If you live in an apartment building more than likely relocating your fixtures will not be possible... at least not without completely destroying your neighbors’ bathroom as well. This feat is better attempted in a private house. And although your chances are greatly improved there, it is still no guarantee that you will be able to put your fixtures where you want them. The main restriction is the location of the waste stack and the direction of the floor joists. Simply put, where ever the fixtures go the waste lines must follow and if there are floor joists in the way then the waste lines cannot follow. And if there is no way for the waste lines to follow then the relocation will not be possible.

If you’re not sure whether your fixtures can be moved simply ask your contractor. He or she should be able to tell you with some certainty if it’s possible. This will allow you to eliminate designs based on feasibility.

Best Practice

A good rule of thumb is to be patient with your bathroom renovation. Big items such as the vanity top and special-order tile can take several weeks to arrive. So before you take a sledge hammer to your bathroom, make sure everything you're going to need is on hand. Things such as the vanity, plumbing fixtures, any new lighting, the tub, tile, excreta.. You might get frustrated waiting around for products, but it's better than tearing up your bathroom and having it rendered unusable until they arrive. Plus, when your new products are on hand, you'll know if you need to do extra work, such as moving the plumbing lines for the sink location or moving your light box to accommodate your new lighting fixture. Everything just works out better. The guess work is eliminated as well as the anxiety of wondering if everything will fit and jell together.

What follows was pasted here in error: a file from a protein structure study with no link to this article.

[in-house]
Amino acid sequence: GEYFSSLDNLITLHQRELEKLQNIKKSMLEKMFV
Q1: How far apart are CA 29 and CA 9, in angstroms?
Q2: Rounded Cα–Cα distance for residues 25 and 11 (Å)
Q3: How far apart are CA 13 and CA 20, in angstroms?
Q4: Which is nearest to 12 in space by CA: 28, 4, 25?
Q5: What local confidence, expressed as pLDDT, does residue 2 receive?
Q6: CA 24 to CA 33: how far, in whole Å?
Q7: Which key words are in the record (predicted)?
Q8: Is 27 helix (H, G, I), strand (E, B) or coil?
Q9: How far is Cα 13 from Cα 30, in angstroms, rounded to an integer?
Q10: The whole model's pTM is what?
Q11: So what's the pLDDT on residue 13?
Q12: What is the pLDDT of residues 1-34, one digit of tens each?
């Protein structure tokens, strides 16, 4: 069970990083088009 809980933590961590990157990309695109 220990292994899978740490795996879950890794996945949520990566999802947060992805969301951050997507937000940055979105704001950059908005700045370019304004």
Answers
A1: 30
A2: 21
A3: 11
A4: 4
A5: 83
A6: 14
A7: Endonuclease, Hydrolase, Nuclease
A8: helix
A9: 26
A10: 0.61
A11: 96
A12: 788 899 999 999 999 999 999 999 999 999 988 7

Vanity or Pedestal?

With bathrooms, one of the decisions most owners are faced with is whether to install a vanity or a pedestal sink. For the owners the only factor they usually consider is the storage space provided by the vanity versus the clean minimalistic feel of a pedestal. As a contractor, I look at the plumbing. Is the waste line centered at the position where the new pedestal will be? Are there too many shut-off valves exposed? Does the owner’s budget allow for these to be relocated? If not, will it cause the final product to be unattractive? Using my experience and judgment I always try to inform my customers and guide them toward the best decision possible.

Real or Compressed?

When choosing a vanity there are options and prices that range from as little as $99 and well up into the thousands. When it comes to real wood verses compressed wood you really do get what you pay for. Compressed wood (shown to the left) is much less expensive than real wood. So needless to say, compressed wood vanities are much cheaper than their real counterparts but so is the quality. Compressed wood vanities can be made to look attractive but unless you’re into disposable furniture I would keep my distance.